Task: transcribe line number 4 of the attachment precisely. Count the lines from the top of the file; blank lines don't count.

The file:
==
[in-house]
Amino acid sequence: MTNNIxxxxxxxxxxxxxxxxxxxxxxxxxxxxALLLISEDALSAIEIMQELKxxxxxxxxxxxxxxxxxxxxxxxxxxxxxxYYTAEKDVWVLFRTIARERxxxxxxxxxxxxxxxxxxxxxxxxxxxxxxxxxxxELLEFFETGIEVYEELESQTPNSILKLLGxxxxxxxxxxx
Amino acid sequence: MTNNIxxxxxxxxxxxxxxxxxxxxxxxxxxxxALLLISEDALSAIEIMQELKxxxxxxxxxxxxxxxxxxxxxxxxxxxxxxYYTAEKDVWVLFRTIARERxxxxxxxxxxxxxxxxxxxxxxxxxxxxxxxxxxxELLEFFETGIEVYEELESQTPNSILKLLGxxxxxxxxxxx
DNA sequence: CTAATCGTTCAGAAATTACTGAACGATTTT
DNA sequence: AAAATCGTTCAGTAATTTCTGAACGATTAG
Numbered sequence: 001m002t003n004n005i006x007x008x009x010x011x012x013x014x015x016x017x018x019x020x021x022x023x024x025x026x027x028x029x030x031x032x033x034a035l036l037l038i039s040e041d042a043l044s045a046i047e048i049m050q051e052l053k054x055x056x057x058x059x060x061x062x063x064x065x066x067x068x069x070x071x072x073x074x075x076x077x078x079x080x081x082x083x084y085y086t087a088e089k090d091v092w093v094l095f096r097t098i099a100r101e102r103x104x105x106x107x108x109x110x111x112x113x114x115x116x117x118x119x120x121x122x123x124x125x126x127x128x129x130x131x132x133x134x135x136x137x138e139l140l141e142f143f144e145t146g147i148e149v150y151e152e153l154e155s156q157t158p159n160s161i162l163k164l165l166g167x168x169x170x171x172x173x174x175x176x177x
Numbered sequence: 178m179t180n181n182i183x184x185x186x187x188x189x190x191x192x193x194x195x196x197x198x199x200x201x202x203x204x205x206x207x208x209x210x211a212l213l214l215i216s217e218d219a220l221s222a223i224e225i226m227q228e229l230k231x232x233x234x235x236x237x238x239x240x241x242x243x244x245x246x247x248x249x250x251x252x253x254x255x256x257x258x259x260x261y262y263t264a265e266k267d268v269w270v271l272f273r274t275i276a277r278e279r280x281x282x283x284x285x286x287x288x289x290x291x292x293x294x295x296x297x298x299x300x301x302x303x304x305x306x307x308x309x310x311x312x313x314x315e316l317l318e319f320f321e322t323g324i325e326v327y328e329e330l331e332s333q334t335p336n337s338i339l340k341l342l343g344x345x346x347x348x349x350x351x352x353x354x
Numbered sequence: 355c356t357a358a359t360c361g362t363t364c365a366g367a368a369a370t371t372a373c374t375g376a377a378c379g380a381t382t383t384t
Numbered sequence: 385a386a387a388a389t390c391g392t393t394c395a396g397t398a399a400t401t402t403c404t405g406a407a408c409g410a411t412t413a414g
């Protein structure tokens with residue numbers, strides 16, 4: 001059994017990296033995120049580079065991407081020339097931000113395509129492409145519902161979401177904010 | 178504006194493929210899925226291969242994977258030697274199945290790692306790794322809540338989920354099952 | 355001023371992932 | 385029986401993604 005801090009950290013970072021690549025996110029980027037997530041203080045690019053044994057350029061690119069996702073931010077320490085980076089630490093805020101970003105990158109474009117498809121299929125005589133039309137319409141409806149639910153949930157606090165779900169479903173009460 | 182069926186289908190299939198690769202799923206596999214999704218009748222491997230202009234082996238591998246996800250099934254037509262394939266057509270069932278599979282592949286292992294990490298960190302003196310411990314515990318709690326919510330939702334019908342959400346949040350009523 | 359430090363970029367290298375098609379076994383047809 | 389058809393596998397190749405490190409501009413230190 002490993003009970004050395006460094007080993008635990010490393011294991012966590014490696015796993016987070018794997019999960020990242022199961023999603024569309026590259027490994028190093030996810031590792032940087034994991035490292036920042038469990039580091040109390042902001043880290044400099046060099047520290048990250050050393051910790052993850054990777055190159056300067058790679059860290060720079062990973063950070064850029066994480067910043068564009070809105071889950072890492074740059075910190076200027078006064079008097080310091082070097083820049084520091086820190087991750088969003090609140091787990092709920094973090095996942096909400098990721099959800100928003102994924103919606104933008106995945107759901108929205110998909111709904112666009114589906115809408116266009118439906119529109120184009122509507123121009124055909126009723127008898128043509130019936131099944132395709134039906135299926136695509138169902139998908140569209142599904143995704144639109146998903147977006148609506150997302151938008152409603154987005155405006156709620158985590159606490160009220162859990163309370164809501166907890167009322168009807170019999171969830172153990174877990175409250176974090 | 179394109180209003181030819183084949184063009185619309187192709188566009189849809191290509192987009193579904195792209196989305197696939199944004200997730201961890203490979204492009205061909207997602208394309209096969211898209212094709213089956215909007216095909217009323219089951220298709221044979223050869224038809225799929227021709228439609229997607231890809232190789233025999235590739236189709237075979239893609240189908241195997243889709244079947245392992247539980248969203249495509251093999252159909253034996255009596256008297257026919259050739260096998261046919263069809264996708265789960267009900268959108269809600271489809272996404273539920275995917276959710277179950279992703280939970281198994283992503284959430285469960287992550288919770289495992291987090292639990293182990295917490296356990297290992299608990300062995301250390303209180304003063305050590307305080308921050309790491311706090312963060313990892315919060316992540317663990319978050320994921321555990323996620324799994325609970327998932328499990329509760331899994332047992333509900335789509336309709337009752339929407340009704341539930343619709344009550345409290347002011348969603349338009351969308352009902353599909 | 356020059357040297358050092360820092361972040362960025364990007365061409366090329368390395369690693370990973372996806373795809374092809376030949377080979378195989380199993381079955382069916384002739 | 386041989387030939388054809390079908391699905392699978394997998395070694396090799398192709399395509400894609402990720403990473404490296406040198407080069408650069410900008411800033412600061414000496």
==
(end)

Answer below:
DNA sequence: CTAATCGTTCAGAAATTACTGAACGATTTT